[MUD-Dev] Re: MUD Development Digest

Dr. Cat cat at bga.com
Fri Apr 24 17:30:53 New Zealand Standard Time 1998

> Yet again it's one of your points that prompts me to actually post. Or mabie
> I just like picking on you. The world may never know. ;)
> But really, I see both sides of this particular argument. This is because I
> can invision a game where 10,000 or even 100,000 people can play the game on
> a single "server" (single world entity, don't pick my words apart, I know
> it's possible to have a game distributed. But that's an argument for another
> day)...

My server has been intended to handle those kinds of numbers since long 
before I even started coding it.  With my current architecture, though, 
there's only one component that needs to have information about all the 
players currently online.  My expectation is that it will have to be 
rewritten with better and better architecture, hardware, etc. over the 
years ahead as usage goes up by (hopefully) orders of magnitude.  It is 
the most failure-prone component of the system, and I'm certainly going 
to stay open to using "fancy" data structures, database programs, 
licensing something like Ichat's server that already does some of what I 
need, or just plain hiring someone else to program it for me.  :X)

Still, I think the map servers will stay very much like they are now, 
will comprise the bulk of the processing that's going on, and provide 
most of the fun.  And I think my current programming philosophy is 100% 
correct for them.  The interface between them and the central server 
process (or group of processes) will be kept as identical as possible 
every time I re-architect that monster, so they shouldn't have to 
change.  And if the thing gets slow sometimes, they're set up to have all 
the most speed-critical functionality (moving, talking to people around 
you), while the central process has stuff that you wouldn't mind waiting 
a few seconds for (list of which of your friends is online), and that you 
can still play the game without even if the thing crashes and burns.

I think as the usage gets up into thousands or tens of thousands I'll 
probably put an artificial limit on each local map, not allowing more 
than a few hundred people on each one.  Otherwise we'll probably have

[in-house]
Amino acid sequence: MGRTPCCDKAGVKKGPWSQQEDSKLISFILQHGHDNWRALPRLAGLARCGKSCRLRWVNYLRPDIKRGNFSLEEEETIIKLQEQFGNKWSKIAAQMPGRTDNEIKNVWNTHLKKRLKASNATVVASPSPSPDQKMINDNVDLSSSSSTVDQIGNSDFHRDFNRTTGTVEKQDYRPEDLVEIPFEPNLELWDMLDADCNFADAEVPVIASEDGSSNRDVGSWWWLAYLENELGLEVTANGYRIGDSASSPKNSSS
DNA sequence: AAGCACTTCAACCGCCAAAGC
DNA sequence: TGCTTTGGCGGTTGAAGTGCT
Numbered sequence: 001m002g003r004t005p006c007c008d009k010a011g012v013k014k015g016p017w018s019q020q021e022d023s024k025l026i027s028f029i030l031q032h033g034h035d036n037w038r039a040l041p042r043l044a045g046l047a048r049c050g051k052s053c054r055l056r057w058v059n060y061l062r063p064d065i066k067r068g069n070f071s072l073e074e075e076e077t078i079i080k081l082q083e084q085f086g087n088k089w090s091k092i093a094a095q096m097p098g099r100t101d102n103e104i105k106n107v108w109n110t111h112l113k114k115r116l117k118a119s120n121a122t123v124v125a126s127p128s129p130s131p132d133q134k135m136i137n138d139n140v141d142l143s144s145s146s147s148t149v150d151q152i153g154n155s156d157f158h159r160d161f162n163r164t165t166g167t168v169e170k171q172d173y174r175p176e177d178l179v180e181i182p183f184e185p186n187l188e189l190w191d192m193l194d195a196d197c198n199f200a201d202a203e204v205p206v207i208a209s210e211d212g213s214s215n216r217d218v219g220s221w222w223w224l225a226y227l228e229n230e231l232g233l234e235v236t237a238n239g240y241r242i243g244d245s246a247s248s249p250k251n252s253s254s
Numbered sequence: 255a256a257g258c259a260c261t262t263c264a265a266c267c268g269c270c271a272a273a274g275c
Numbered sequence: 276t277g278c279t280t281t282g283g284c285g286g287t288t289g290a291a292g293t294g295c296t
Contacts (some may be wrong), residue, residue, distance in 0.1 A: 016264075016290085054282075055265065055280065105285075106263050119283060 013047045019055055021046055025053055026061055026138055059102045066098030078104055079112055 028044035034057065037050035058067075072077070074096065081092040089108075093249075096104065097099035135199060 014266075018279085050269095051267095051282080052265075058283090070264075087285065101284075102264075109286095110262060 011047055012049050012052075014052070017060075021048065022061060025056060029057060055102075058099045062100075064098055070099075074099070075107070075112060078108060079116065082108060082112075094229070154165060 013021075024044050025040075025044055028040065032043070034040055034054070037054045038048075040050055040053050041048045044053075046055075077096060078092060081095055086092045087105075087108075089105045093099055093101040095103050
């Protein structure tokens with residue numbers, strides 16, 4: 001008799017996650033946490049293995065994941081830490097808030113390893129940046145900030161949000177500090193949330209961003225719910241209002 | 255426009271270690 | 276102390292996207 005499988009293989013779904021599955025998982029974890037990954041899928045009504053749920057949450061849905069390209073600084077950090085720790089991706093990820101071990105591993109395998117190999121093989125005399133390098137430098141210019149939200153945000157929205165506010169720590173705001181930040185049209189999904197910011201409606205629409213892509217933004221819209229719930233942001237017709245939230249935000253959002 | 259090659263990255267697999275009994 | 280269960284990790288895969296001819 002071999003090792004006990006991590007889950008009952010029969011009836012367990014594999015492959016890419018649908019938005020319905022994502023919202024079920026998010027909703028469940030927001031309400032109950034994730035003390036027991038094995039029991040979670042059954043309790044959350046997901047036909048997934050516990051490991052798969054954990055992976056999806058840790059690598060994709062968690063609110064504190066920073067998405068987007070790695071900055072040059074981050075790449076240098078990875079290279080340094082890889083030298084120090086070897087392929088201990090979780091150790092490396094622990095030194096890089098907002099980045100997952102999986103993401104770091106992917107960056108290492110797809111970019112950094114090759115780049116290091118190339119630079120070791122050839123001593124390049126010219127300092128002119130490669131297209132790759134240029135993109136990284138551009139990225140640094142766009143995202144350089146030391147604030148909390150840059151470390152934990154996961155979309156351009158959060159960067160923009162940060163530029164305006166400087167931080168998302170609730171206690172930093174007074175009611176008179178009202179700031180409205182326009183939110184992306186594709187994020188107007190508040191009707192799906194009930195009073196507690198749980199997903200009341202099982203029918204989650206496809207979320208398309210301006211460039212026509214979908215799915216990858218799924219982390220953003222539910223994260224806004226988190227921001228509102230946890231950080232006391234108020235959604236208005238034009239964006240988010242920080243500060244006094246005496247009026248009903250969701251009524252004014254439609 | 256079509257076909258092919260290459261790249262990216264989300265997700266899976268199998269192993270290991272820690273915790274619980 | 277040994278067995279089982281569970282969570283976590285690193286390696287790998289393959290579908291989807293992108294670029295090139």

"flash crowds" that'll make things break.  I think my current code could 
handle 500 on a map pretty cleanly already, though it hasn't been tested 
above 80-90 or so.  The real bottleneck with the current code is how much 
I/O the machine it's on can handle, not CPU or disk, so the main issue is 
getting it onto better server hardware than the current donated Pentium 
100.  :X)

> As a rule of thumb, on pretty much ANY O/S, you really don't want to have
> more than 1/3 your memory be in swap.

We are in agreement here, but I'd go farther and say zero percent is what 
I really want.  As J. C. pointed out, I may have to look around for a 
Unix that doesn't assume things should be swapped out even when there's a 
surplus of RAM - or at least one that can be tweaked to act that way.

> At the point where you exceed what physical memory you wish to use by a
> significant amount (without having to add anymore), you do need to start
> being smart about both how that memory is arranged relative to it's
> utilization and exactly what data you decide to keep in memory.
> This is where the 'fancy' memory algorithms come in.

This translates in my mind to "You are right, Dr. Cat, you don't need 
those fancy memory management algorithms".  As I mentioned in an earlier 
post, it's my intention to make sure that I *don't* exceed the physical 
memory, ever.  I don't see any reason why I would have to.  With a fixed 
amount of memory allocated for each map server, and a fixed number of 
servers launched on each machine, the memory usage can't "catch me by 
surprise" and go over what I wanted it to, as it can on systems that 
allocate stuff dynamically.  More users and more player building just
means more map server processes, which means periodically buying more 
machines for the network to stay ahead of demand.  As for the cost of 
RAM, (plus the cost of the CPUs, hard drives and other things that have to 
be connected to that RAM to make it do anything useful...)  Well, under 
any business model that brings in any significant amount of 
revenues-per-user, I can't see where it would be it being any kind of 
problem affording plenty of RAM-per-user.

If I had any interest in setting up a game with thousands of simultaneous 
users that generated no revenue, I'm sure I'd rush right out and study up 
on all the latest data structures and memory management techniques.  For 
now I'll stay mostly with my old friend the array.  Kinda like I used in 
BASIC in 1978, only with more datatypes available.  :X)  They're not 
elegant and beautiful and graceful like triple-sideways-linked-lists of 
handles to structures...  But like an old reliable car, or an old 
reliable horse, they get the job done.  We've got about 400,000 player 
hours logged on our server now so far, and it's rolling along pretty 
smoothly most of the time.

   Dr. Cat / Dragon's Eye Productions       ||       Free alpha test:
*-------------------------------------------**  http://www.bga.com/furcadia
  Furcadia - a new graphic mud for PCs!     ||  Let your imagination soar!

P.S.  The real trick is figuring out what parts would contribute the most 
towards "making the game fun", and then *only* implementing those parts.  
If you take any other approach, odds are good you'll never get your game 
done - indeed, most people that try to make a game never do get one done.

MUD-Dev: Advancing an unrealised future.

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